Diabetes, hypertension on rise among teens
by Murib Morpi. Posted on June 17, 2012, Sunday
KOTA KINABALU: Staying fit and healthy, it appears, is increasingly more difficult for students in Malaysia today.
Sabah Health Department Director Dr Mohd Yusof Ibrahim said the chances of young Malaysians being obese are much, much higher compared to just a few years ago.
He added that other non-communicable diseases (NCDs) like diabetes and hypertension were also on the rise among teenagers due to unhealthy eating habits and a passive lifestyle.
“In 2006 there were only four per cent obesity among teenagers but the figure increased to almost 12 per cent last year. The growing number of fast food outlets and their popularity among teenagers has been identified as a major contributing factor to this,” he said when officiating at the Program Siswa Sihat (PROSIS) at Universiti Teknology Mara (UiTM) here yesterday.
Yusof said diabetes which was previously common only among the elderly, was also becoming more common among young adults and children.
“Hypertension is also very common among students now, and we believe that for every patient detected there are at least 10 more undetected cases,” he added.
And to deal with the worrying trend, he said the Health Ministry has come up with various programmes including PROSIS, which was aimed at creating awareness among students at higher learning institutions (IPTs) on non-communicable diseases.
He said the ministry would be organizing PROSIS this year in four IPTs across the country and has selected UiTM Campus as the host for Sabah, after holding the event at Universiti Malaysia Sabah (UMS) last year.
“This programme has several objectives, one of them is to deal with the increasing occurrence of NCDs, particularly among students and the whole community in general.
“For this year, we have decided to incorporate the 10,000 Steps or M10 programme into PROSIS, to encourage students to exercise and be more concerned about their health.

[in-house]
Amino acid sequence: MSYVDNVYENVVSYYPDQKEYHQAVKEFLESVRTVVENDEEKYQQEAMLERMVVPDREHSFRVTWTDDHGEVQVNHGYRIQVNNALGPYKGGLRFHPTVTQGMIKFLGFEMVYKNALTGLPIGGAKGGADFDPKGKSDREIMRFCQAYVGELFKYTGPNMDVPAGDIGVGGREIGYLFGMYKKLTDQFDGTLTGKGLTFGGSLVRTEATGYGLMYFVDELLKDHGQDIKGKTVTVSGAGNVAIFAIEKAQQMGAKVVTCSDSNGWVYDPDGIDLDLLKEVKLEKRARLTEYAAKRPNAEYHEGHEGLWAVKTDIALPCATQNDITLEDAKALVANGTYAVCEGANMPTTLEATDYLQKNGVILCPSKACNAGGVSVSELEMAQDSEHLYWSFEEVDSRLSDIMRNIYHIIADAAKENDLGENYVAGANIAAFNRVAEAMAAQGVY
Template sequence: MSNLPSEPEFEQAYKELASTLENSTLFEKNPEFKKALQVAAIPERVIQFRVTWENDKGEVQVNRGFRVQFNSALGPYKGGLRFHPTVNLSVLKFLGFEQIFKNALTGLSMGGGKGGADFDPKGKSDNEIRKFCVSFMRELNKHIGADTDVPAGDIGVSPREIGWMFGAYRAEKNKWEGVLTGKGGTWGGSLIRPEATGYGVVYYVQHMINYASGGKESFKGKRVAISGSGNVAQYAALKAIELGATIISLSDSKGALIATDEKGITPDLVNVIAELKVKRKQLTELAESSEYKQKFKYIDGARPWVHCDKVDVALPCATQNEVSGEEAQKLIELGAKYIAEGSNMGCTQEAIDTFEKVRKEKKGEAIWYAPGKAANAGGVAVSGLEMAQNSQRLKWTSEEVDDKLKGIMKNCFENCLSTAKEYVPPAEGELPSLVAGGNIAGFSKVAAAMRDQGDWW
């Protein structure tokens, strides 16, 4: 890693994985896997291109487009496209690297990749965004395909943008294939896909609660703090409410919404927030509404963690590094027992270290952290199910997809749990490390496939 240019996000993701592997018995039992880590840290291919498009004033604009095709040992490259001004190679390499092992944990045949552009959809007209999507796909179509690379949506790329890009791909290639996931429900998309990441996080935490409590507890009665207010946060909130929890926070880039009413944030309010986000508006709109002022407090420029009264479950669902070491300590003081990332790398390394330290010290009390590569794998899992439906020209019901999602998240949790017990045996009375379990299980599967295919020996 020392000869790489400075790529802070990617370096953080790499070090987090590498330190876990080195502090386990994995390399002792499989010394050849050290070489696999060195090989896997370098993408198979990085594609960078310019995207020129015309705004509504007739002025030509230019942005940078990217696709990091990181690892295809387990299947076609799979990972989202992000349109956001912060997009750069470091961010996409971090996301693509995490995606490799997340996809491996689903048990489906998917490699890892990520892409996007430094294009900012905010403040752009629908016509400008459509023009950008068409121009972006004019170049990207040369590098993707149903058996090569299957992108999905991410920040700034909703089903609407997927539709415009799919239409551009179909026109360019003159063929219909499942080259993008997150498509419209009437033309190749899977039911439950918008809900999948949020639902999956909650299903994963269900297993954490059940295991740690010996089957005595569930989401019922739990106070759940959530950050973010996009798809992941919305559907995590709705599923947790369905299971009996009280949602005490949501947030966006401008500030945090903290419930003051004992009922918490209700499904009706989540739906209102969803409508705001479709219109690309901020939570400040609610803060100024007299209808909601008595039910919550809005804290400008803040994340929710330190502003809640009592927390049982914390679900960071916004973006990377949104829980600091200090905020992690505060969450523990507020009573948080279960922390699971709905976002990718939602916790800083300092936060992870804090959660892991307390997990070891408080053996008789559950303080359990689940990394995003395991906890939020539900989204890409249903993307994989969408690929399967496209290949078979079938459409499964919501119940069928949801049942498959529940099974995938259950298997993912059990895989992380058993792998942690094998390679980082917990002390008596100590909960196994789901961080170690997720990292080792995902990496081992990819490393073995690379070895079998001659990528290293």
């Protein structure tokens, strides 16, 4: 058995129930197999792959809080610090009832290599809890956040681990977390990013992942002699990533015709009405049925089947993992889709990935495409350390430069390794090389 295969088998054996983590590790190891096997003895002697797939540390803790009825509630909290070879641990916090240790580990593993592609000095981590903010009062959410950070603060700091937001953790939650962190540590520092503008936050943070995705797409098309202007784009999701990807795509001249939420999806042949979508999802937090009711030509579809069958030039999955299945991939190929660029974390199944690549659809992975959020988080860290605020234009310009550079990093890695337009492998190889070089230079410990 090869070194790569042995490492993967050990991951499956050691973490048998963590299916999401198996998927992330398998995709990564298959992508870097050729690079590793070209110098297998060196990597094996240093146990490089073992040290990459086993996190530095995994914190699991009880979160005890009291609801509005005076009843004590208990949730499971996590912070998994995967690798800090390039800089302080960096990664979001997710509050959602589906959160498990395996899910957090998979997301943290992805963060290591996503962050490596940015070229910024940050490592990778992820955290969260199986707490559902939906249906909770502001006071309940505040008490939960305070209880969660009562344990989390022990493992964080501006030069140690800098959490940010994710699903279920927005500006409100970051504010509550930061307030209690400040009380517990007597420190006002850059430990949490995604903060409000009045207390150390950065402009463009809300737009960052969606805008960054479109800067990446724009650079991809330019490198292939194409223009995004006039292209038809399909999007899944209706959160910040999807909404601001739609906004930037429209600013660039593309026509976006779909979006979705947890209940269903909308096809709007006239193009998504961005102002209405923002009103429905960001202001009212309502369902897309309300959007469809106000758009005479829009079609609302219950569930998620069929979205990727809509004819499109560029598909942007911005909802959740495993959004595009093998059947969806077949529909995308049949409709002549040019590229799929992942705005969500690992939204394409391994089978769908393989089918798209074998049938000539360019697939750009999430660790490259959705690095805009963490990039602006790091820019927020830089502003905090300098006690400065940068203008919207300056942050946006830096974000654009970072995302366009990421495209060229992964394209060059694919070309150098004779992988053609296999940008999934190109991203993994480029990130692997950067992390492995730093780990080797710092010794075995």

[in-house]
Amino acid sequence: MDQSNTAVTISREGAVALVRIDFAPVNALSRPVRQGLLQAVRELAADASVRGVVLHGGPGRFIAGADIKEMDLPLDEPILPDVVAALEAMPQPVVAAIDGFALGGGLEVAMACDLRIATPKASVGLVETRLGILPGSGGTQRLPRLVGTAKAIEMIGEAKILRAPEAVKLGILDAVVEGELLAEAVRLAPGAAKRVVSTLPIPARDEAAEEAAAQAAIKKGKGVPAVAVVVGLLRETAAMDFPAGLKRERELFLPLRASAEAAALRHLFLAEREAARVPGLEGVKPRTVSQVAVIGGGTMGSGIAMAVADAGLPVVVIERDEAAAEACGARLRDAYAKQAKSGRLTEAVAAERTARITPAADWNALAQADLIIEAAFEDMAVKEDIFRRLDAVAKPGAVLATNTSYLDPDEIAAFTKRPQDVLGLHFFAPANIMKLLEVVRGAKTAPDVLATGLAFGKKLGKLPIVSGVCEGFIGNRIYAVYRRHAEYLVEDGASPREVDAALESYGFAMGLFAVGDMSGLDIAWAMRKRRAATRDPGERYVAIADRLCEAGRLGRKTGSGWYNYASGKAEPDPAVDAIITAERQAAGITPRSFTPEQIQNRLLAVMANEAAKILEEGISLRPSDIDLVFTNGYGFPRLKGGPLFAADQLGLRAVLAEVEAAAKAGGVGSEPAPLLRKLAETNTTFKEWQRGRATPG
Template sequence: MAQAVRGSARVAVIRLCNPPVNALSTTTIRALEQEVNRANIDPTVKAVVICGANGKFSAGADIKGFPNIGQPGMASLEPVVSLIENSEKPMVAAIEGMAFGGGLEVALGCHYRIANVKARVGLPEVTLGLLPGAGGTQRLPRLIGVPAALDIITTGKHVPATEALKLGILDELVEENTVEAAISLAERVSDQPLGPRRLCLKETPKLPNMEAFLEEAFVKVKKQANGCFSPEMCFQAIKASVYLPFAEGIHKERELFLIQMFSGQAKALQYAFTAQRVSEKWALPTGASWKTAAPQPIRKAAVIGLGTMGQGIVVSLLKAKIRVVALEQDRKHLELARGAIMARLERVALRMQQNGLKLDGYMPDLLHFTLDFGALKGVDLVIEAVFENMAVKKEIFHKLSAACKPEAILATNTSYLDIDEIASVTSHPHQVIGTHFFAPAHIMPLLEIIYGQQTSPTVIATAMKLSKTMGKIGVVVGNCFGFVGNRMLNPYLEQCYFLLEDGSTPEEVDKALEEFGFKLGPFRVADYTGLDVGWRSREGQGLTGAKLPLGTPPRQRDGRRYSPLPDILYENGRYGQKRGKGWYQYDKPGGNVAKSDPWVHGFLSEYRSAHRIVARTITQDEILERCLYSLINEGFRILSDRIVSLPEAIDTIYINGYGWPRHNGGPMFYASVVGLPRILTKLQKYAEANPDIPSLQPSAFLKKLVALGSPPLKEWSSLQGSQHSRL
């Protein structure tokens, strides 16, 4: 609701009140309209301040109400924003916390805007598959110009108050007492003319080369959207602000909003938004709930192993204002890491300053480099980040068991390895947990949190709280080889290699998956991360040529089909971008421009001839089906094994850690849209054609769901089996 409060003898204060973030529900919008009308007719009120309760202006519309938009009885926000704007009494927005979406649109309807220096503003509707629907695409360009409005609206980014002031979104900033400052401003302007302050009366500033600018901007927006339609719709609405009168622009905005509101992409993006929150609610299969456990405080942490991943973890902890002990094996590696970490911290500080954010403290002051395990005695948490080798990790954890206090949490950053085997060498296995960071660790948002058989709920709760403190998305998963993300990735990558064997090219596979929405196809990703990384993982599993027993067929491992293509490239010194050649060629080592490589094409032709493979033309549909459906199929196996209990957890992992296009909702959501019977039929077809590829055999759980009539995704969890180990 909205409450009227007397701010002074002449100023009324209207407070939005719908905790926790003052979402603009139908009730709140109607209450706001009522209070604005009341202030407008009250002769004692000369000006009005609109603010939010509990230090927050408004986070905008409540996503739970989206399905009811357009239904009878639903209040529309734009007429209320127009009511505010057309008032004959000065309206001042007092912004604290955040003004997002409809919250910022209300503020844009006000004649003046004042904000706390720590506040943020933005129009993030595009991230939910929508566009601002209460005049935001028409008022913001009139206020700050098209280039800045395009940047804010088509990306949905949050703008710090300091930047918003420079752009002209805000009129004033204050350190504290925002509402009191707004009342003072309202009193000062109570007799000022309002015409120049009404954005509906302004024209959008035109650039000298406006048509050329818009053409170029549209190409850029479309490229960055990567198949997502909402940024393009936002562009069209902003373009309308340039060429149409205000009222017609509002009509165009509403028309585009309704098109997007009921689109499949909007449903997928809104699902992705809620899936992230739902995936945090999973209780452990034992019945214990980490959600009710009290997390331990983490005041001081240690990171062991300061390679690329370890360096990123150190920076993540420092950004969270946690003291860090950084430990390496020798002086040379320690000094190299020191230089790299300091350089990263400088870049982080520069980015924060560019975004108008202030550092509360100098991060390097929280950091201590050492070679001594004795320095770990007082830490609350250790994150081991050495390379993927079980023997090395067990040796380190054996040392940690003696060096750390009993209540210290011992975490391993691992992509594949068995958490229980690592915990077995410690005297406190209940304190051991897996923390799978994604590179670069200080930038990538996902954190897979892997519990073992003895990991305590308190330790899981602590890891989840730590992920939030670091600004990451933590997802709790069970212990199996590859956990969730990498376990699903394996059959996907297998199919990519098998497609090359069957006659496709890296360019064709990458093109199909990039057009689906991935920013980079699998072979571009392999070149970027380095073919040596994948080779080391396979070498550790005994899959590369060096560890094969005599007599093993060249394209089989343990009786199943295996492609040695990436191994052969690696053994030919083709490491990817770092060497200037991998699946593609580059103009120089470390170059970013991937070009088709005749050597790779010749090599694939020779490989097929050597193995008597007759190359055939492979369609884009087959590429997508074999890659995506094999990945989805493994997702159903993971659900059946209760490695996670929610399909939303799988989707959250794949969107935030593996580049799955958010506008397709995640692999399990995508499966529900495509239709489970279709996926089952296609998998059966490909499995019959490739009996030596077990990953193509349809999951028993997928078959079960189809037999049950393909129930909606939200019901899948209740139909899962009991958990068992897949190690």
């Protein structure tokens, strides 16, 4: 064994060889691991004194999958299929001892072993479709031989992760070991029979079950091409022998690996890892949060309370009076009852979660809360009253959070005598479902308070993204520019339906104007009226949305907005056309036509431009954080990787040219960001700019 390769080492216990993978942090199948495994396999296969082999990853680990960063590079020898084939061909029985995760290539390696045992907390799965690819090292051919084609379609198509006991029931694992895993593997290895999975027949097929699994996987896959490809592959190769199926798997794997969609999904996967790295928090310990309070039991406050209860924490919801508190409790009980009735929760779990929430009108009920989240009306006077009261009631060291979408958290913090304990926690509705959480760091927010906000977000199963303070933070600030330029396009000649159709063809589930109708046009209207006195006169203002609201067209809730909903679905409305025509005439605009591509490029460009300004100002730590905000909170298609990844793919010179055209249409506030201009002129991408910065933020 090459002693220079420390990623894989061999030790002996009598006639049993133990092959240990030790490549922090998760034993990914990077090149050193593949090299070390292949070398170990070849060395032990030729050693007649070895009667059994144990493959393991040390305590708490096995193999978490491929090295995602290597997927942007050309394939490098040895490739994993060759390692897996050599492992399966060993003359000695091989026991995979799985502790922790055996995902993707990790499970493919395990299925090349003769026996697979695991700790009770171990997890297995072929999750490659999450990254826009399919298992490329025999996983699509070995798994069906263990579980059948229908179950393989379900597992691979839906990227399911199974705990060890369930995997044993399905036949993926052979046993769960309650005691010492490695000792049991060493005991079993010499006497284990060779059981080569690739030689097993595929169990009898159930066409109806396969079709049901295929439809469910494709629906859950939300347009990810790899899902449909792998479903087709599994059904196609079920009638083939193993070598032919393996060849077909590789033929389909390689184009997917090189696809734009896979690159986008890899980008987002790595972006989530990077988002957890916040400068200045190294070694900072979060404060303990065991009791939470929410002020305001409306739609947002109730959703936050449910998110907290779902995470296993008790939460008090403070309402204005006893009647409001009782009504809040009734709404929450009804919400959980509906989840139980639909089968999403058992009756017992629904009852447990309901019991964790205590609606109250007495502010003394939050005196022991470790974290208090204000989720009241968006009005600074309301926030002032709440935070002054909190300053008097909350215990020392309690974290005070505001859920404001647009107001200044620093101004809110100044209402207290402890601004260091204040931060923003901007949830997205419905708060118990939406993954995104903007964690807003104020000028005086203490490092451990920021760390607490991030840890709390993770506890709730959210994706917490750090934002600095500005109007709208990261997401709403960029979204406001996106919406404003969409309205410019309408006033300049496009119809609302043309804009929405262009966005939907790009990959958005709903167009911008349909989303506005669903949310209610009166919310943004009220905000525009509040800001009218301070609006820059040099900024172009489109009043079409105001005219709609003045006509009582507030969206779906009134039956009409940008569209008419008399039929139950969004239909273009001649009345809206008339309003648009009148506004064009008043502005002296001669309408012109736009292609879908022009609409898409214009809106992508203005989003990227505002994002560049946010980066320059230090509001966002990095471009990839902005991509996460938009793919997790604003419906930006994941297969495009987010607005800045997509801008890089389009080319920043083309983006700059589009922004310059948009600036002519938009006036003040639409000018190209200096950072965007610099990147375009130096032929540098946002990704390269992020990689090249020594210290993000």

“Walking 10,000 steps, which is about 8km, will help you burn 400 kilograms of calories (kcl), about the amount of calories you get from eating a bowl of kuew teow.
“On average, a person needs about 2,000kcl a day but we consume about 4,000 to 5,000kcl. So without exercise, there is plenty of excess calories, which means overweight and obesity,” he said.
NCDs are also referred to as diet-related chronic diseases. Apart from obesity, diabetes and hypertension, NCDs also include heart disease, cancer, chronic kidney disease, osteoporosis, and gallbladder disease, to name a few.
According to the WHO Global Status Report 2010, four main NCDs, namely heart disease, chronic lung disease, cancers and diabetes had caused 36.1 million deaths in 2008 alone, with nearly 80% of these deaths occurring in low-and-middle-income countries.
The total NCD deaths are projected to increase by 15% globally between 2010 and 2020, reaching 44 million a year.
Unfortunately, Malaysia has not been excluded from this trend and in fact was ahead of most other countries.
The Health Ministry recently revealed that there were around 2.6 million or 22 per cent of Malaysians above 30 had diabetes, which was almost double compared to 1.5 million in 2006.
This is extremely bad news because in 2006 the National Health and Morbidity Survey predicted Malaysia will only reach such high rate of diabetes in 2030.
Experts suggested that the rapid rise in diet-related chronic diseases could be attributed to the rapid socio-economic development in Malaysia over the past 20 years, which has brought about significant changes in the people’s lifestyles.
The good news is although most NCDs are incurable, they can be prevented or at least managed by maintaining a consistent healthy eating pattern.
Eating breakfast and avoiding from skipping meals, and sticking to diet that are low in fat and calories could help keep NCDs at bay.
It is also advisable to avoid sugary foods and drinks, engage in more physical activities and monitor your weight regularly.